Well, crap. Who said he could bring up the F word? She tried to mask her discomfort and decided to sling her own uncomfortable question. “I never kiss and tell. But I’m wondering how your organization will feel when I tell them what you’ve been up to.”
Before he could answer, the plane jolted, a patch of turbulence giving her just the edge she needed to take over the situation. When their bodies bumped, she spun on her heels and flung every ounce of her one-hundred-and-twenty-pound frame against the vampire’s chest. The surprise contact sent them both backwards, away from the open door.
The gun fell out of the vampire’s hand and slid from Tess’s view. She took the opportunity to leap down the narrow aisle toward her seat. The elegant wood trim and cabinetry of the middle interior was a far cry from the skydiver’s launch pad behind her. As she searched for her belongings, the vampire’s cold hand wrapped around her ankle and tugged her toward the floor.
She twisted and, before falling, landed the heel of her other foot in his neck. He let go and she back-peddled out of his grasp.
“This is not how I anticipated the evening going.” He pierced her with his mineral-gray eyes.
“You and me both.” She caught her breath, taking the few seconds to compose herself. Then, reaching one arm behind her, she stretched her fingers in search of the bag she’d hooked underneath the seat.
“Although, I must admit, I find this great sport. You’re a worthy adversary, and I’m sorry you won’t be around to continue the relationship.” His eyes darted to the handgun, now visible a few feet away.
Tess smirked. If he’d only acted like a real vampire, he wouldn’t be in this situation. “You’re wrong about that.”
In the next instant, she pulled a carved koa wood blade from her bag, jumped to her feet, and thrust the tip into the vampire’s chest. His eyes widened just before his body slumped to the floor.
Relief spread through her, slowing the rushed beats of her heart. She’d lost track of how many kills she’d made, but every one still felt like the first.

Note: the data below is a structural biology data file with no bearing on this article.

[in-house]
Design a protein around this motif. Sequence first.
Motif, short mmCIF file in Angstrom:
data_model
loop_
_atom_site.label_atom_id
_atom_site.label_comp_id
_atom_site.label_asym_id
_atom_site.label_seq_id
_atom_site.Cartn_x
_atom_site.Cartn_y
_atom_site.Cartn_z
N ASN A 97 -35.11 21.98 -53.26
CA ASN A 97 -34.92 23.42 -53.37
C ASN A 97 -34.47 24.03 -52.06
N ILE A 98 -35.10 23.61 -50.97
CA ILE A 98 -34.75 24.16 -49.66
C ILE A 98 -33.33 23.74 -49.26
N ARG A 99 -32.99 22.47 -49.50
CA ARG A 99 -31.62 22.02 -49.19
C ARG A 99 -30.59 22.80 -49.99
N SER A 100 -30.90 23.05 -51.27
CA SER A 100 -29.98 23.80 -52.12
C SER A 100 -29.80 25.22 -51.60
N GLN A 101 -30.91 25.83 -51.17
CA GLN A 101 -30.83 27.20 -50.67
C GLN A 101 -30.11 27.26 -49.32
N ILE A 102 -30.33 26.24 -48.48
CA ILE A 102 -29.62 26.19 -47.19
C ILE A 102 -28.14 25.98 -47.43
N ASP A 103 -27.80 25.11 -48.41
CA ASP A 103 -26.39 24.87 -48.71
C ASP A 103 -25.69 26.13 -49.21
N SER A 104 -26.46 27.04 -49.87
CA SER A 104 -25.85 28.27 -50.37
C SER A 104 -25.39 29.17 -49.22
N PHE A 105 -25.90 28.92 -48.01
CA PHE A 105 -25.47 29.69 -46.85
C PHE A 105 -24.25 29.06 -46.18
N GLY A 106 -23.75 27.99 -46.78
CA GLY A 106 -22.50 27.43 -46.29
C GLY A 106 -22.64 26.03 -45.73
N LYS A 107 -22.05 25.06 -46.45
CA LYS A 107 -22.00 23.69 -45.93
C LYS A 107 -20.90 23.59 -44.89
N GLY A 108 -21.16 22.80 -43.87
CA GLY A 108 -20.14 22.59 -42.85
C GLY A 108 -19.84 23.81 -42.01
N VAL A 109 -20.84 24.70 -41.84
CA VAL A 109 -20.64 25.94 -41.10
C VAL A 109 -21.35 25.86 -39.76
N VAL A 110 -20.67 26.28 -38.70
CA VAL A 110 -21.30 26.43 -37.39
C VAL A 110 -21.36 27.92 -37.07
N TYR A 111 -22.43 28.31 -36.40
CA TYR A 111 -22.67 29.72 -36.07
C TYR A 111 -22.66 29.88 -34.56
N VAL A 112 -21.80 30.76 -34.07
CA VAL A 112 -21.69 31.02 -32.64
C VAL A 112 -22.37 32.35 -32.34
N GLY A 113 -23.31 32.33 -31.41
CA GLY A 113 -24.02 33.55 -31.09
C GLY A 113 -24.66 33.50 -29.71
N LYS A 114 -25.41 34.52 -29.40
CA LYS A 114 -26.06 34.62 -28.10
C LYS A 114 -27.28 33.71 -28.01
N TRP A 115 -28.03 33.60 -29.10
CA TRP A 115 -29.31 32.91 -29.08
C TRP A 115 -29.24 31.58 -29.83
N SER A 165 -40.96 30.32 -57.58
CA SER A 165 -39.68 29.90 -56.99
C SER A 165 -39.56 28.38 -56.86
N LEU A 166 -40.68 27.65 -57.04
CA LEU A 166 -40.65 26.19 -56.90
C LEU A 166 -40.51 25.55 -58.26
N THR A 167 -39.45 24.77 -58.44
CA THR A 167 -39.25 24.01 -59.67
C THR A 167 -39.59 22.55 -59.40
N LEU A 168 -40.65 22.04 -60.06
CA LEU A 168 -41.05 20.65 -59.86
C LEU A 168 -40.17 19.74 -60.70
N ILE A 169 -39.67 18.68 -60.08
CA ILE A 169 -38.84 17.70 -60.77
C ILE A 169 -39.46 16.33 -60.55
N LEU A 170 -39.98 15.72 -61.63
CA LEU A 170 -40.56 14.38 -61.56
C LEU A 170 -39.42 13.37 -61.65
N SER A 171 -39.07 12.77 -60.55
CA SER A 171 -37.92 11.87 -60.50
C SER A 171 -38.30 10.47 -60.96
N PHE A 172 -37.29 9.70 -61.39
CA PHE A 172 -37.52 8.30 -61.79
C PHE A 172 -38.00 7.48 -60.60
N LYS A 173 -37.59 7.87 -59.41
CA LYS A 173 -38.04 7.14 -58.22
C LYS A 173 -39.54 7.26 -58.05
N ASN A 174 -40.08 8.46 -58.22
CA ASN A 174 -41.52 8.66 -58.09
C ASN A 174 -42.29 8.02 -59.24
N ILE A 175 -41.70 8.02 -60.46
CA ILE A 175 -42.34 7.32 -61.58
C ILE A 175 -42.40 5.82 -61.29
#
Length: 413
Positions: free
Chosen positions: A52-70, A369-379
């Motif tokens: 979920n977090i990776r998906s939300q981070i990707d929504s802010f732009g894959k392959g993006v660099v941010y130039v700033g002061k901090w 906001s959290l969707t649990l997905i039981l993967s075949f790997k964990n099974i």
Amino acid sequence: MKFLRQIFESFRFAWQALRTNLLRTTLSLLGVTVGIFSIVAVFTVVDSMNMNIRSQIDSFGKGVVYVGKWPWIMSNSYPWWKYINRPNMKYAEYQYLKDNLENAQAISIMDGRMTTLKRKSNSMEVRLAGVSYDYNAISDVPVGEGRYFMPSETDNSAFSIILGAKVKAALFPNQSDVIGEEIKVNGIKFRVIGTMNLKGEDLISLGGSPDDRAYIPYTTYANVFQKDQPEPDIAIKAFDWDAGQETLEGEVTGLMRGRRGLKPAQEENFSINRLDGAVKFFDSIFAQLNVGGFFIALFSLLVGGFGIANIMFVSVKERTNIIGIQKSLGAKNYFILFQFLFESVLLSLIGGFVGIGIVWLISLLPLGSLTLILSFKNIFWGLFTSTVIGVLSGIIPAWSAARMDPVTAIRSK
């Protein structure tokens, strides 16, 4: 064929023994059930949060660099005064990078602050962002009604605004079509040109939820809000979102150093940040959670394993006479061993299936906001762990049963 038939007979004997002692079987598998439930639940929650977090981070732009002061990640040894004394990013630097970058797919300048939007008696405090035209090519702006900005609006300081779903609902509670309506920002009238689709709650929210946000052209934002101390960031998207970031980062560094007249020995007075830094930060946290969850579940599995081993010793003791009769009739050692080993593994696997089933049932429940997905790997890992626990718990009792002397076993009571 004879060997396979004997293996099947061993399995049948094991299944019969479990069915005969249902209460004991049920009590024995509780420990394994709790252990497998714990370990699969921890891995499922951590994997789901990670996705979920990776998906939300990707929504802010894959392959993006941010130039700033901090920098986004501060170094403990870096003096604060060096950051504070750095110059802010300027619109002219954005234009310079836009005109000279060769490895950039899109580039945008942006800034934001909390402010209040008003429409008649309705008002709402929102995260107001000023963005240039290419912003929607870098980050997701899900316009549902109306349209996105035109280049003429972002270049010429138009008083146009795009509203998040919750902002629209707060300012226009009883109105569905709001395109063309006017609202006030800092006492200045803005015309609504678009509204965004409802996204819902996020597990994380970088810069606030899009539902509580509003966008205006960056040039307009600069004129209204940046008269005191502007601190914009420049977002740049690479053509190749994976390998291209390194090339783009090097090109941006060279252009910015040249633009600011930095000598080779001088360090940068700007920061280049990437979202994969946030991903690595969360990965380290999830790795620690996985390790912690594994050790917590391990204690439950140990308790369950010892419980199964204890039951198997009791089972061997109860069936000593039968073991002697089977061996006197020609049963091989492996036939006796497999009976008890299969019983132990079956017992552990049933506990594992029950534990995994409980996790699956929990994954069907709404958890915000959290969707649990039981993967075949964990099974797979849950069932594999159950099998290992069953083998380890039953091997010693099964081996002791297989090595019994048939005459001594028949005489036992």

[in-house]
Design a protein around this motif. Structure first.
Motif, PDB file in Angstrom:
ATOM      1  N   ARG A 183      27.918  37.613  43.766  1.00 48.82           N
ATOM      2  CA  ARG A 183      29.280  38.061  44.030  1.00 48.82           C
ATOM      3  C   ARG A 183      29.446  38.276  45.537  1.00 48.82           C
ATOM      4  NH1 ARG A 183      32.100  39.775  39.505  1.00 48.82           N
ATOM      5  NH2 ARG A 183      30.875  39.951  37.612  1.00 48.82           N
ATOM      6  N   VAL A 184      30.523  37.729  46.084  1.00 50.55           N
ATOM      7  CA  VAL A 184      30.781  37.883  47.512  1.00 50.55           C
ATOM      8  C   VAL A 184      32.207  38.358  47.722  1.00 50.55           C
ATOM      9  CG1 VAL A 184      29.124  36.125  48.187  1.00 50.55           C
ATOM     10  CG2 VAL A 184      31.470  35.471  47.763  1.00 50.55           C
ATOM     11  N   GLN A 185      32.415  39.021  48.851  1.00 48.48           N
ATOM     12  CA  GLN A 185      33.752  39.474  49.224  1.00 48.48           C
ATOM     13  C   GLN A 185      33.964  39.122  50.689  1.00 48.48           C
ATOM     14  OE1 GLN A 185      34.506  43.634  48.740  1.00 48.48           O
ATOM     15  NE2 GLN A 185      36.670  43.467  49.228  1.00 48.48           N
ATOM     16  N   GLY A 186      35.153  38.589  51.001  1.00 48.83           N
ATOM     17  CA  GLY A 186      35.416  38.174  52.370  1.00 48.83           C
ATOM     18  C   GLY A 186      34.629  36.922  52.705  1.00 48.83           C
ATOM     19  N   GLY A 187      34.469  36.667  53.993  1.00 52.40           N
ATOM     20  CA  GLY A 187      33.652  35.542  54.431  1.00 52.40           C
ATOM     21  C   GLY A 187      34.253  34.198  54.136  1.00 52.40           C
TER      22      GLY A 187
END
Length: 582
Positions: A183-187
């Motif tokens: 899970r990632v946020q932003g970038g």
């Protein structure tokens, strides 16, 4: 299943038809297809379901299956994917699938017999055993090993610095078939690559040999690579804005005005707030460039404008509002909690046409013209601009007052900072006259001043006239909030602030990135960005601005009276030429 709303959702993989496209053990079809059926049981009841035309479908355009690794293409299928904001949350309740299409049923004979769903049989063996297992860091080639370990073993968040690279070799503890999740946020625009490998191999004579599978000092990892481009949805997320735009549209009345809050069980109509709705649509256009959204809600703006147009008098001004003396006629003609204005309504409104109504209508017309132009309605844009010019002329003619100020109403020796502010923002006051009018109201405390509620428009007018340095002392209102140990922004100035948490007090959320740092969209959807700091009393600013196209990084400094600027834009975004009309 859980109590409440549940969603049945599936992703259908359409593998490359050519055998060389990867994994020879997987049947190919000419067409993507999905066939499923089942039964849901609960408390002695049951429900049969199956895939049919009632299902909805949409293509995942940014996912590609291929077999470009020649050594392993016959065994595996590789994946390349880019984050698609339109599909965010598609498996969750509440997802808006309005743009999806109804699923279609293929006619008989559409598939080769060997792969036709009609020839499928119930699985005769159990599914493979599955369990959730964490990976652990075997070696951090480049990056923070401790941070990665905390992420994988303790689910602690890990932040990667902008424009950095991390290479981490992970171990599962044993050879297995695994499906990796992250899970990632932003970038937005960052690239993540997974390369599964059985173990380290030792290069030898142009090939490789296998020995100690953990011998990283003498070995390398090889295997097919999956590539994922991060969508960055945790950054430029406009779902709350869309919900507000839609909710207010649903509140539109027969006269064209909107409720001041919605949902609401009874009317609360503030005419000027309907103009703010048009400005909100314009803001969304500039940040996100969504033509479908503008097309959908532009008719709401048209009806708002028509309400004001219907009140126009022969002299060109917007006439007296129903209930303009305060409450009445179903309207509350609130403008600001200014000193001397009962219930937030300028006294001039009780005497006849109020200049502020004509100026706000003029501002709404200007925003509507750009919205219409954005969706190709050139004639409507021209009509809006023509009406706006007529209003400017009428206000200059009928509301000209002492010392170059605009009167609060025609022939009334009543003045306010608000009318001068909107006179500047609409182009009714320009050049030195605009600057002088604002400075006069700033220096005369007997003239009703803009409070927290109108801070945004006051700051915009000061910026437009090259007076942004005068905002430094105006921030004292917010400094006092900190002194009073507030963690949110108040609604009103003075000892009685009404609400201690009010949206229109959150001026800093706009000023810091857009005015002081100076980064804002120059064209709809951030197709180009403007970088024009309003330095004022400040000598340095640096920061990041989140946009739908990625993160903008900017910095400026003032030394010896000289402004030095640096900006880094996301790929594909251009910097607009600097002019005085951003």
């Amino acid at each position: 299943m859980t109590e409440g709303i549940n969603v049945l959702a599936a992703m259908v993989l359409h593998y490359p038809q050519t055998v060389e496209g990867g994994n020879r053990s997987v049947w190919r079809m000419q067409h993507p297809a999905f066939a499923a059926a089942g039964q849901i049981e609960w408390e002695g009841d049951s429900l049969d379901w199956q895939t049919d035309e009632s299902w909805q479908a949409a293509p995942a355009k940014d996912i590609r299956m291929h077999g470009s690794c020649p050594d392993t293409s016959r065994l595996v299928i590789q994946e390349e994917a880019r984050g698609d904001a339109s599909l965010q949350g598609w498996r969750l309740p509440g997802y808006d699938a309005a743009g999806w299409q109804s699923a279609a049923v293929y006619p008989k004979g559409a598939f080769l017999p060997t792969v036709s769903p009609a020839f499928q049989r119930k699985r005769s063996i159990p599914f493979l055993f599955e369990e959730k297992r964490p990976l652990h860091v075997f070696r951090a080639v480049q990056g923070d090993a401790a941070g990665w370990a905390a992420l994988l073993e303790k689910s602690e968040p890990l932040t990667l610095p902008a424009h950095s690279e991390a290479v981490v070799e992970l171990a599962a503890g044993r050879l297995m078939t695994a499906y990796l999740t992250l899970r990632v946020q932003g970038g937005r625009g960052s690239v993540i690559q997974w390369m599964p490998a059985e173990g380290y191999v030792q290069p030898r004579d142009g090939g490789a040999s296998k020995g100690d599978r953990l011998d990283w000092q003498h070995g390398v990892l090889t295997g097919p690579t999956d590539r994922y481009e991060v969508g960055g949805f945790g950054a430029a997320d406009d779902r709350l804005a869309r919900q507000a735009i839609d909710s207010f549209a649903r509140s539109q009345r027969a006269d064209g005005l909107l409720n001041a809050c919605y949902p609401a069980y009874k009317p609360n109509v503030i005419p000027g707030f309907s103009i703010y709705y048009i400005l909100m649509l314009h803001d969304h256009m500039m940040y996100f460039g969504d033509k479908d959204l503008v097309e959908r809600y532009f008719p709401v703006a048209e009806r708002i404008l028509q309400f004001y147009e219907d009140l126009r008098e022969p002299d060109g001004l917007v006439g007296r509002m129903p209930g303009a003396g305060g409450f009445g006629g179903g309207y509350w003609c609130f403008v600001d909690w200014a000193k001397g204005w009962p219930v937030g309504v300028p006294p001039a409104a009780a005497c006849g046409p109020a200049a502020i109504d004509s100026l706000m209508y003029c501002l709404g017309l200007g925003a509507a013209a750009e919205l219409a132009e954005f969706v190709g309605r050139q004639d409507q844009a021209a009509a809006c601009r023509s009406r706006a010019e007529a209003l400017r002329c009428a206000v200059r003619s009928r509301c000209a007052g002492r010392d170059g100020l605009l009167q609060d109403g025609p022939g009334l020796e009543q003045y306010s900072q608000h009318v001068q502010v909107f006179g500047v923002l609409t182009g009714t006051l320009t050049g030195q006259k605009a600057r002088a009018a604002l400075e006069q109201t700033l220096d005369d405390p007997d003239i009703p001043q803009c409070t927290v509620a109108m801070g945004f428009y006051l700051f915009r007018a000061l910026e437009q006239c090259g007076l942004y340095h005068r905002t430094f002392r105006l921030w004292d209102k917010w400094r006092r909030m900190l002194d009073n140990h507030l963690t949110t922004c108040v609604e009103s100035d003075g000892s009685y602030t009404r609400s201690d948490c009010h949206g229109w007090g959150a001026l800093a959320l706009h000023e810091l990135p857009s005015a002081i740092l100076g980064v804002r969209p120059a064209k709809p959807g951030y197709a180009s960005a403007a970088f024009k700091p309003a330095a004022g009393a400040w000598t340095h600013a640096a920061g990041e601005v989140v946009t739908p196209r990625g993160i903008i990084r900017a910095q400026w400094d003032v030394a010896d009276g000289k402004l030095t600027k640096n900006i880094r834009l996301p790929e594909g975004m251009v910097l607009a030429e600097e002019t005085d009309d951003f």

A moment later, the plane dipped, another jolt of agitated air reminding her she still had work to do. The vampire flying the plane also required elimination.
She walked down the narrow aisle toward the cockpit door. With a delicate hand, she tried the handle. It didn’t budge.
The pilot probably expected the vampire to knock. Tess made a fist, but before her hand reached the door, a voice sounded over an intercom.
“You’re out of luck, bitch. I’m taking the plane down with you on the other side of that door.”
She felt the pilot’s eyes on her and let out a restless sigh. “Did I not prove anything to you back here?” she half-shouted. She looked around for a hidden camera while she hustled back to retrieve her purse.
“You proved my boss incompetent. I’m another story. And quite thirsty, should you manage to get up close and personal.”
Tess rolled her eyes. She pulled a small metal nail file from her bag and wiggled it inside the keyhole. She’d never been very good at picking locks. And with her fingers chilled to the bone, this one was even more difficult.
The plane started its descent and her ears plugged. Her stomach flip-flopped. Dammit. If she didn’t get suited up to jump now, she’d lose her window of opportunity. She didn’t know how many vamps waited on the ground for her, but guessed the odds weren’t in her favor.
She dressed quickly, ran down the aisle, and leaped out the open lift gate.
As her body hit the air, she whooped, releasing the uneasiness shredding her insides. The black sky swallowed her. Her shadow, cast by a full moon, kept her company and brought a smile to her face. The freefall rush lasted until the lights of civilization came into closer view, and she tugged on the chute.
She set foot back in the City of Angels—at least she thought it was somewhere in the city, her lucky ass having landed in a deserted industrial area surrounded by chain link fence—and winced. The reality of another botched job hit her with unwelcome force. Would Christian let her off as easy as he had the last time?
Gathering the parachute, she surveyed the abandoned area. She rid her body of the harness and goggles and threw the equipment into a nearby dumpster. The pebbled ground kicked up dust, and the stench of rotten eggs, combined with something fishy, invaded her nostrils as she headed toward the fence. Picking up her pace, she jumped over the barrier and took the deserted sidewalk in the direction of traffic noise and city lights.
Up ahead, cars whisked by. In this area of Los Angeles, she didn’t know the likelihood of finding a taxi, but she could always use her cell phone to call for pickup. Or walk.
And keep walking.
That way she wouldn’t have to deal with her boss.
Her decision was made for her when she rounded a street corner and found a long, white stretch limousine sitting curbside. She recognized the license plate, gulped and forced her shoulders back. How the hell? As much as she wanted to run in the opposite direction, she couldn’t. She reached the front end of the luxury vehicle as the back door opened.
She clutched her bag against her chest as if it were a shield, and ducked into the limousine. She took the seat for a backwards ride, gathered every ounce of her practiced charm and plastered a fake smile across her face. “Hey, boss. What brings you here?”